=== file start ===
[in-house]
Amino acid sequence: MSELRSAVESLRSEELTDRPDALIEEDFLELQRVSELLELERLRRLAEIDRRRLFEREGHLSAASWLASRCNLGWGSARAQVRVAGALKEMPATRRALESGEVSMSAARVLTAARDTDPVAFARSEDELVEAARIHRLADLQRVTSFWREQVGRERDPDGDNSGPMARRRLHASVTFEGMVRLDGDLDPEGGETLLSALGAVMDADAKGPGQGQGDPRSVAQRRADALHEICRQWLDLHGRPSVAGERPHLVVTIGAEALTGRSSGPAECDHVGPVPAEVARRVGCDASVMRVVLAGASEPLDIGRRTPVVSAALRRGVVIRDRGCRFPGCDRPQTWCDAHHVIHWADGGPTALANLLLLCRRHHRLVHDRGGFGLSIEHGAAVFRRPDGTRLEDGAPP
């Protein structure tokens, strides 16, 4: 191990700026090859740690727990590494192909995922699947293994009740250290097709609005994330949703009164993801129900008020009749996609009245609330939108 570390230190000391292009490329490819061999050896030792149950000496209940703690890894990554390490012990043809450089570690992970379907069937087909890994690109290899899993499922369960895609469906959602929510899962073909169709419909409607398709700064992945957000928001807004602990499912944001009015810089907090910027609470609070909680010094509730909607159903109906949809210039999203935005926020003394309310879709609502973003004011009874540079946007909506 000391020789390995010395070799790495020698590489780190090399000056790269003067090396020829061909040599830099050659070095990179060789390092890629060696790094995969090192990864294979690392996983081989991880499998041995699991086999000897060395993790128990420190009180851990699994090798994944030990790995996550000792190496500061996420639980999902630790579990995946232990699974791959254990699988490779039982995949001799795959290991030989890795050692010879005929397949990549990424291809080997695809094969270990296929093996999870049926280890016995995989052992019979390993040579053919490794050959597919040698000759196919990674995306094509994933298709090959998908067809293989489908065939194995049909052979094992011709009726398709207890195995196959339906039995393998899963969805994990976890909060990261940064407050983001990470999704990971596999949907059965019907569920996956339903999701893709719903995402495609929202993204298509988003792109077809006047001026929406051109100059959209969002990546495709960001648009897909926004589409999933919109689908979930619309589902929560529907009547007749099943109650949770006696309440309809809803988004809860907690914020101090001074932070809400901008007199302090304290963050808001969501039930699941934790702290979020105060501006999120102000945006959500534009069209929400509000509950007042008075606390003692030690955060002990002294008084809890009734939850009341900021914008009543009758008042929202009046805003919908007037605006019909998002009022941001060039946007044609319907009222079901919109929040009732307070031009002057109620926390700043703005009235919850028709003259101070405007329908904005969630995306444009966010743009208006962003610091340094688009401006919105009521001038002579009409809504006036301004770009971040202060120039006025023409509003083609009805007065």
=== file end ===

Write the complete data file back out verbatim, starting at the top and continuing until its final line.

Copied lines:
[in-house]
Amino acid sequence: MSELRSAVESLRSEELTDRPDALIEEDFLELQRVSELLELERLRRLAEIDRRRLFEREGHLSAASWLASRCNLGWGSARAQVRVAGALKEMPATRRALESGEVSMSAARVLTAARDTDPVAFARSEDELVEAARIHRLADLQRVTSFWREQVGRERDPDGDNSGPMARRRLHASVTFEGMVRLDGDLDPEGGETLLSALGAVMDADAKGPGQGQGDPRSVAQRRADALHEICRQWLDLHGRPSVAGERPHLVVTIGAEALTGRSSGPAECDHVGPVPAEVARRVGCDASVMRVVLAGASEPLDIGRRTPVVSAALRRGVVIRDRGCRFPGCDRPQTWCDAHHVIHWADGGPTALANLLLLCRRHHRLVHDRGGFGLSIEHGAAVFRRPDGTRLEDGAPP
């Protein structure tokens, strides 16, 4: 191990700026090859740690727990590494192909995922699947293994009740250290097709609005994330949703009164993801129900008020009749996609009245609330939108 570390230190000391292009490329490819061999050896030792149950000496209940703690890894990554390490012990043809450089570690992970379907069937087909890994690109290899899993499922369960895609469906959602929510899962073909169709419909409607398709700064992945957000928001807004602990499912944001009015810089907090910027609470609070909680010094509730909607159903109906949809210039999203935005926020003394309310879709609502973003004011009874540079946007909506 000391020789390995010395070799790495020698590489780190090399000056790269003067090396020829061909040599830099050659070095990179060789390092890629060696790094995969090192990864294979690392996983081989991880499998041995699991086999000897060395993790128990420190009180851990699994090798994944030990790995996550000792190496500061996420639980999902630790579990995946232990699974791959254990699988490779039982995949001799795959290991030989890795050692010879005929397949990549990424291809080997695809094969270990296929093996999870049926280890016995995989052992019979390993040579053919490794050959597919040698000759196919990674995306094509994933298709090959998908067809293989489908065939194995049909052979094992011709009726398709207890195995196959339906039995393998899963969805994990976890909060990261940064407050983001990470999704990971596999949907059965019907569920996956339903999701893709719903995402495609929202993204298509988003792109077809006047001026929406051109100059959209969002990546495709960001648009897909926004589409999933919109689908979930619309589902929560529907009547007749099943109650949770006696309440309809809803988004809860907690914020101090001074932070809400901008007199302090304290963050808001969501039930699941934790702290979020105060501006999120102000945006959500534009069209929400509000509950007042008075606390003692030690955060002990002294008084809890009734939850009341900021914008009543009758008042929202009046805003919908007037605006019909998002009022941001060039946007044609319907009222079901919109929040009732307070031009002057109620926390700043703005009235919850028709003259101070405007329908904005969630995306444009966010743009208006962003610091340094688009401006919105009521001038002579009409809504006036301004770009971040202060120039006025023409509003083609009805007065």